Pulse blend with a heaping cup of crushed ice (perferably in a top-down or spindle mixer). Pour into a ceramic rum barrel or large snifter, adding more crushed ice to fill.

Notes and tips for home mixologists

* Don’t skimp on the bitters. It’s essential to offset the sweetness of the drink.

* The Mai-Kai likely uses Bacardi silver or its white well rum, but there are other very good white rums to recommend, such as Cruzan or Flor de Cana. We’ve confimed that The Mai-Kai uses the distinctive dark rum formerly known as “Dagger” in the Barrel. Kohala Bay is most notable for its use in the Black Magic and many of The Mai-Kai’s strong cocktails. It’s hard to find outside of South Florida, though distribution has improved over the past few years. Feel free to use other dark Jamaican rums such as Coruba or Myers’s. To approximate the taste of Dagger, combine equal parts Smith & Cross Jamaican rum and El Dorado 12-year-old Demerara rum. Click here for more on this rare rum. You could also experiment with aged rums such as Appleton Estate or Plantation, creating a Grandfather Barrel.

Barrel O' Rum

Barrel O’ Rum (The Mai-Kai photo)

* Use only fresh juices (freshly-squeezed if possible). It’s also crucial to use white grapefrut juice (not pink) with no added sugar. And make sure you use a good brand of passion fruit syrup (not juice). There are many available online, such as Fee Brothers, B.G. Reynolds, Monin, and Aunty Lilikoi. You can make your own by heating rich simple syrup (2 parts sugar to 1 part water) with frozen passion fruit puree. The use of rich syrups makes The Mai-Kai’s drinks extra rich and savory.

* Though Taboo Table calls for shaking, we now know that The Mai-Kai blends all of its drinks. Frozen drinks are blended until smooth in a standard blender, but most others are “pulse blended” in a top-down mixer (the kind you may see most commonly used for milkshakes). This is a tradition passed down from Don the Beachcomber. Using this method creates a richer drink with a big frothy head. Just make sure to not over-blend. A few quick, 3-4 second pulses is all that’s needed. If you don’t have this kind of mixer/blender, a standard blender will work. It just won’t create quite the same rich consistency. Hamilton Beach makes a very good mixer at a decent price that I highly recommend.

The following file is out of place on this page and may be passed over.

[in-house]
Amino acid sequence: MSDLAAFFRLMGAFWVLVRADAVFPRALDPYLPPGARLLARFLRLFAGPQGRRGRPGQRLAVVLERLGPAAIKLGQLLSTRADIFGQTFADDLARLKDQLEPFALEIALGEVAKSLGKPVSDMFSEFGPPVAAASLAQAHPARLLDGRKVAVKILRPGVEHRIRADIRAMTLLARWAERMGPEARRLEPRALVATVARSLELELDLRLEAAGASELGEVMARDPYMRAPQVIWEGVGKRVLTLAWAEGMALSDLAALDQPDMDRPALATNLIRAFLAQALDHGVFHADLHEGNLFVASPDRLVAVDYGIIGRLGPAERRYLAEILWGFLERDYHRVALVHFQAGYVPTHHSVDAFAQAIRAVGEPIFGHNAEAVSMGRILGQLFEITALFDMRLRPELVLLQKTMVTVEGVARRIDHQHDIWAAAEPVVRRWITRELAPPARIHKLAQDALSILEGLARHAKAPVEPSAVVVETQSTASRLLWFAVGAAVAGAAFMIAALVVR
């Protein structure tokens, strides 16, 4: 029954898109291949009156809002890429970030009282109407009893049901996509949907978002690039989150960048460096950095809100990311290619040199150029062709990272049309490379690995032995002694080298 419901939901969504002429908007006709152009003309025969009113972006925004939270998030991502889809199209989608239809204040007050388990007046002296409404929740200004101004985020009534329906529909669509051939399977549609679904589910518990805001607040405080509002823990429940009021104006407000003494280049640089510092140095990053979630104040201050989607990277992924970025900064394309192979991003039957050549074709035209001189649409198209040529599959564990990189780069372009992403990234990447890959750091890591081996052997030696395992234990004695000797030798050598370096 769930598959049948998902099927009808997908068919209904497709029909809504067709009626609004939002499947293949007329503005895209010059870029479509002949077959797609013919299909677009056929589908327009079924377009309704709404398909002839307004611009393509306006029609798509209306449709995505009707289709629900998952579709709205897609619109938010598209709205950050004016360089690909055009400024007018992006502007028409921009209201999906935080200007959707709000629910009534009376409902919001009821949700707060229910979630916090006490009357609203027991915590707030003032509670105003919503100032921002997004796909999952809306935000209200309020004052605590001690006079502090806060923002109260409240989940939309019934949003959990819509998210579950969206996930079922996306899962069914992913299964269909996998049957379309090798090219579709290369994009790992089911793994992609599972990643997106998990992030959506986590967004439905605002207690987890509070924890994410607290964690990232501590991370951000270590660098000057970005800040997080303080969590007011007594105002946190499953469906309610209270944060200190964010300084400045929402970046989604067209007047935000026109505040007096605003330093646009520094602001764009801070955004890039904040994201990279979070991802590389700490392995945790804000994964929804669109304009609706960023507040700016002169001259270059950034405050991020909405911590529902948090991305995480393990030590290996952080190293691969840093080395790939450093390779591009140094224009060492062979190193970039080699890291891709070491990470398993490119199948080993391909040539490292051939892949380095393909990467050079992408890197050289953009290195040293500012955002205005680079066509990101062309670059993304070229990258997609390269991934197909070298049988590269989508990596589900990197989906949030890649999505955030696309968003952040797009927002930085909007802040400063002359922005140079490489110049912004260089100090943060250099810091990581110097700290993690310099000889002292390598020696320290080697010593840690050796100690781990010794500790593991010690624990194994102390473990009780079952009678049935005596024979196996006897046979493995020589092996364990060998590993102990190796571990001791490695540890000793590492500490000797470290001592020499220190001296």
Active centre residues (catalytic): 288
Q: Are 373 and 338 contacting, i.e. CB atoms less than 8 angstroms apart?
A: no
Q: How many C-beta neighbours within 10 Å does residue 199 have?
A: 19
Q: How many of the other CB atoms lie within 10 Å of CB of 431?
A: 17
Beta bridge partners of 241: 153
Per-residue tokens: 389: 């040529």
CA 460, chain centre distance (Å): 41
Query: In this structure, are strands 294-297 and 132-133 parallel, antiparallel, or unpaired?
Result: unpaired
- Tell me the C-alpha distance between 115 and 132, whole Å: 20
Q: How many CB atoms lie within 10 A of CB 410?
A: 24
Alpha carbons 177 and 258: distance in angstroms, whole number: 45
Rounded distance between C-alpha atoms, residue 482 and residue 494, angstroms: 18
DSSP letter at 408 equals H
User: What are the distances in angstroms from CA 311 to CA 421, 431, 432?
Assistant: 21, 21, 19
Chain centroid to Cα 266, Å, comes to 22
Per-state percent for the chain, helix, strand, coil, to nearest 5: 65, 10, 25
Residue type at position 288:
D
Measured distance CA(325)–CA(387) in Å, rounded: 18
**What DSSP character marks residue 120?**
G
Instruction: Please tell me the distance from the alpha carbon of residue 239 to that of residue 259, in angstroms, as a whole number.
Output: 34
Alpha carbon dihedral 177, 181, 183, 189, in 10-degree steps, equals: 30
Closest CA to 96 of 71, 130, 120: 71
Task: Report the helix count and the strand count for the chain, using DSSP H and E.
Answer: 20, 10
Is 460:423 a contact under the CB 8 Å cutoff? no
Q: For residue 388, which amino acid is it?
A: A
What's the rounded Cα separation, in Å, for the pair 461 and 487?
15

This is a classic cocktail that’s not too difficult to make at home. It’s best enjoyed in an authentic Mai-Kai Rum Barrel or similar Tiki mug. It’s also a great drink to make in large batches. Invite all your friends and make it a BYOB (bring your own Barrel) party.

The Mai-Kai Barrel O' Rum

Okole maluna!

About Hurricane Hayward

A professional journalist and Florida resident for more than 30 years, Jim "Hurricane" Hayward shares his obsession with Polynesian Pop and other retro styles on his blog, The Atomic Grog. Jim's roots in mid-century and reto culture go back to his childhood in the 1960s, when he tagged along with his parents to Tiki restaurants and his father's custom car shows. His experience in journalism, mixology, and more than 20 years as an independent concert promoter make him a jack-of-all-trades in the South Florida scene. A graduate of the University of Florida's College of Journalism and Communications, Jim is a longtime web producer for The Palm Beach Post. In his spare time, he has promoted hundreds of rock, punk, and indie concerts under the Slammie Productions name since the early 1990s. In 2011, he launched The Atomic Grog to extensively cover events, music, art, cocktails, and culture with a retro slant. Jim earned his nickname by virtue of both his dangerous exotic drinks and his longtime position producing The Post's tropical weather website.
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11 Responses to Mai-Kai cocktail review: The Barrel O’ Rum is the Rodney Dangerfield of tropical drinks

  1. Fallenstar says:

    Made one tonight in my Mai-Kai rum barrel mug, delicious! Just like I remembered it. Thanks for posting the recipe.

  2. swankpad says:

    Different from the recipe I have. I should try this beside the one I have and see how they fare. This is a lot bigger drink than mine and essentially waters down the booze more and may be the idea. Half everything but the booze and it is very close to my recipe from Marriano.

  3. Michael Maurice says:

    If I was going to make this in a large batch, how would you measure out the bitters?

    • Michael,

      There are lots of “rules of thumb” you can use for measuring bitters. A common one is 32 dashes per ounce. Since the Barrel calls for a healthy 6 dashes, I would not skimp. Try 1 ounce of bitters per every 5 drinks batched.

      Okole maluna!

  4. Adrian Labrador says:

    Love this recipe!! The only thing I recommend is 1.5 oz of lime juice instead of the 2.

  5. Adrian says:

    Hey Hayward! I recently ran out of my myer’s and I want to try coruba, is there any place in south Florida that sells it??

  6. Pingback: The Mai-Kai is here to stay: 10 reasons why we love the historic South Florida restaurant | The AtomicGrog.com Blog